A few years back I was working a retail job as a sales associate. The store manager had to run an errand and I was left to mind the store in his absence.
Wouldn’t you know it, a customer came in and wanted to return something. At that point, I’d never done a return and had no training on it, as only managers had the authority.
Rather than turn the customer away, I thought about what resources were currently available to me in this situation.
I first tried calling my boss but he wasn’t answering his phone, so I called one of our other stores in the next town over. The district manager was working there and walked me through the process over the phone.
Not only was the customer happy, but my boss and district manager were as well, and they were also impressed at the initiative I took to resolve the issue.”
Example #2: Organized & Focused
“I’m all about keeping things organized.
I once worked as an assistant manager of a pharmacy. This job meant records and medication had to be well-organized so customers could be served efficiently.
I also have a strong focus when I’m executing a task. In my assistant manager role, focus was an imperative trait, as you needed to be precise when dealing with prescription medications.”
Example #3: Outgoing & Confident
“My outgoing personality has always served me well in sales positions.
From the start of each interaction, being an extrovert makes it easy for me to talk to total strangers and get a feel for what their needs are.
It also helps put them at ease, that I’m not trying to “sell them”, but rather this is just the person I am – someone who genuinely enjoys talking to others.
As this approach to sales helps to produce good numbers every month, it makes me confident in my approach, and more sure of myself that I’m properly serving the customers’ needs.”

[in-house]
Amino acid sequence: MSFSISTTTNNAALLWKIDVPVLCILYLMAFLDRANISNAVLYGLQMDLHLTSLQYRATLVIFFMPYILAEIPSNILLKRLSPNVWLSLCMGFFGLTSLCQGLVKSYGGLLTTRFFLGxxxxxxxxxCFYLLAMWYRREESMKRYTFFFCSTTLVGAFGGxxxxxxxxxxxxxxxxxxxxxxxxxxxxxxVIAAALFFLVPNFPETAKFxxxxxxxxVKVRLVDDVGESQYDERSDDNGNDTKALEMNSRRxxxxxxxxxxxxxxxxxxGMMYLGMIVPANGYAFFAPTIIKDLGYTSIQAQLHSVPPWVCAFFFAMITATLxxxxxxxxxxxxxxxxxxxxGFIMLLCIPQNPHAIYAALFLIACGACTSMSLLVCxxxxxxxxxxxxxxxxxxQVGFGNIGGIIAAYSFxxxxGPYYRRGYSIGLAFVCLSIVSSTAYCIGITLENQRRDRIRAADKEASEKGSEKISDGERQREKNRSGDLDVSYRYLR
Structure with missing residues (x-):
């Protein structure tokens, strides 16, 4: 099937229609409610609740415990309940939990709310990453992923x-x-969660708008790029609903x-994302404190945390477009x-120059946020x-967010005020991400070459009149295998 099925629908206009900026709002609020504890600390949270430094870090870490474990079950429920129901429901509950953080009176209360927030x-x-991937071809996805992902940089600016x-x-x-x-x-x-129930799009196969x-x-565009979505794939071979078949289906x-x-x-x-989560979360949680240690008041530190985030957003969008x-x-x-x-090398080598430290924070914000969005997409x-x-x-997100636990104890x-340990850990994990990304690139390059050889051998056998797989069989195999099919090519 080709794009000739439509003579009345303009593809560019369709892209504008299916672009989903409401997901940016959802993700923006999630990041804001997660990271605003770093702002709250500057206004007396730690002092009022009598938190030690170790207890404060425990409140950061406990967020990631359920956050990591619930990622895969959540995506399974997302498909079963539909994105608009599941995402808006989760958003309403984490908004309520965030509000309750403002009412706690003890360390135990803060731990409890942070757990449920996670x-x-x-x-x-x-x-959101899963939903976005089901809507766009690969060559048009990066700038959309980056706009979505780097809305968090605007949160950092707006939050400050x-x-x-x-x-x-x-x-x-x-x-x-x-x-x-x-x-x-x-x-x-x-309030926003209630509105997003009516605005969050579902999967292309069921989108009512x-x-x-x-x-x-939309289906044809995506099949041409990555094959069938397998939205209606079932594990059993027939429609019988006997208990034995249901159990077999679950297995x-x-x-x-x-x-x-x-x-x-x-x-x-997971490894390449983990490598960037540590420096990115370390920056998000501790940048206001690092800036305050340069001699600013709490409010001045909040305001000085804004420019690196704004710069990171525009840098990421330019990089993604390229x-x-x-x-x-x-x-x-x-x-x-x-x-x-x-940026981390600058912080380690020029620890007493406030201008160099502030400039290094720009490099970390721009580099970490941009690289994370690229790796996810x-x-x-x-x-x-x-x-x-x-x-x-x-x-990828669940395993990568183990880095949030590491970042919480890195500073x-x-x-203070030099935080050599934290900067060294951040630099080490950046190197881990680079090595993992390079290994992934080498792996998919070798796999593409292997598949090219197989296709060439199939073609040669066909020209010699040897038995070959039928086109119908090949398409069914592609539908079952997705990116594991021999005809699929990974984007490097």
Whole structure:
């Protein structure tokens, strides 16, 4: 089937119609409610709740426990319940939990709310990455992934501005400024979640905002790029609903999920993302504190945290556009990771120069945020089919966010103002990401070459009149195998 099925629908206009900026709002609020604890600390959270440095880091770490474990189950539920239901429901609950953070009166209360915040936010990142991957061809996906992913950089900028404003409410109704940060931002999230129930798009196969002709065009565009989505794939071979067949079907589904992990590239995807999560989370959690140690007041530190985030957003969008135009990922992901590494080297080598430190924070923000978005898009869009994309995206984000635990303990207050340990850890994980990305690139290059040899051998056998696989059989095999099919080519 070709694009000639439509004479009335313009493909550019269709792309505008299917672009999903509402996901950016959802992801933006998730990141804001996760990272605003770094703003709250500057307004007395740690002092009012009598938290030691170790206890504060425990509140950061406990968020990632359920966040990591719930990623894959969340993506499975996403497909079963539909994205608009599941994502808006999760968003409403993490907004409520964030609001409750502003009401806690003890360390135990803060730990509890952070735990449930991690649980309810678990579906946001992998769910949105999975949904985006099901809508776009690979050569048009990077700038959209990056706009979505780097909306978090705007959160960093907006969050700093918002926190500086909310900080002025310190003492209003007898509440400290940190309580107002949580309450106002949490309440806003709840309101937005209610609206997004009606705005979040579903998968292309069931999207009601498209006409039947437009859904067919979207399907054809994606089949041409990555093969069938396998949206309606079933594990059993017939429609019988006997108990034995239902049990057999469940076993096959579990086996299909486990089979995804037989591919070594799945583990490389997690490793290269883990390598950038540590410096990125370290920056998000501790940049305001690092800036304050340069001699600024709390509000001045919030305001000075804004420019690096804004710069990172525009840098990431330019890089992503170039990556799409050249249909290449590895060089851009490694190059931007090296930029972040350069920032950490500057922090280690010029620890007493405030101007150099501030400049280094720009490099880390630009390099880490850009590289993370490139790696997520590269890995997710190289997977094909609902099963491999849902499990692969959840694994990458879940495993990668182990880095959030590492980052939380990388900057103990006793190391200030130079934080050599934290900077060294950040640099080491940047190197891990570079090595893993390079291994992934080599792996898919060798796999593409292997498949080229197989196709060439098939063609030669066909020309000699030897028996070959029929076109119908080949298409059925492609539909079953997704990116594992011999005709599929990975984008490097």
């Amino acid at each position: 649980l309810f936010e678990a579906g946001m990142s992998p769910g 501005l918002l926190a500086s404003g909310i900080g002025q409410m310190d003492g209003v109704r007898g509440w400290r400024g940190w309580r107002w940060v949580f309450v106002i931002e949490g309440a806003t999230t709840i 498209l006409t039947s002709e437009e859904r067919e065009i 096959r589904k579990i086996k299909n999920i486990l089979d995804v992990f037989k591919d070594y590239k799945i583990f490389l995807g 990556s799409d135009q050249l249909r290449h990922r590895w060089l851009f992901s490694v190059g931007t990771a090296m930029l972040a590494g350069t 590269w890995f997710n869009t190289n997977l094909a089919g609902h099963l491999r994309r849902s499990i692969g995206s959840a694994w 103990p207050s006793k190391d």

How NOT To Answer
We’ve talked about the right things to do, but it’s worth mentioning some of the mistakes people often make so you can avoid them.
Avoid Obvious Qualities
Be careful not to get sucked into the trap of using cliché traits like “hard working”, or “dedicated”. These are not only expected of any employee, but everyone else they’re interviewing will probably be using these typical talking points.
Set yourself apart from the other applicants by simply putting some thought into your answers.
You might be a hard worker, but dig deeper on that. What are the subsidiary traits that make up your hard working personality?
Describing your personality in ways that are unique will be a welcome change for the interviewer, and you’ll score major points for just using your brain to think creatively.
Skip The Negative Traits (Even If True)
As the saying goes, we’re our own worst critics.
While it may seem obvious, you should never describe your personality with any words that could bring about negative connotations.
You may consider yourself as someone who doesn’t take things too seriously. But if you’re interviewing for a job as a 911 dispatcher, you might want to omit that.
Don’t mention any flat-out negative traits either. Saying you’ve been described as “lazy” is probably going to result in a quick end to your interview.
- Learn the different variations of this question
- Familiarize yourself with the most likely lead up questions
- Pick a characteristic (of yours) that would benefit your role at the company
- Give an example of how it has previously benefited you in a workplace
- Do this two or three times (for multiple personality traits)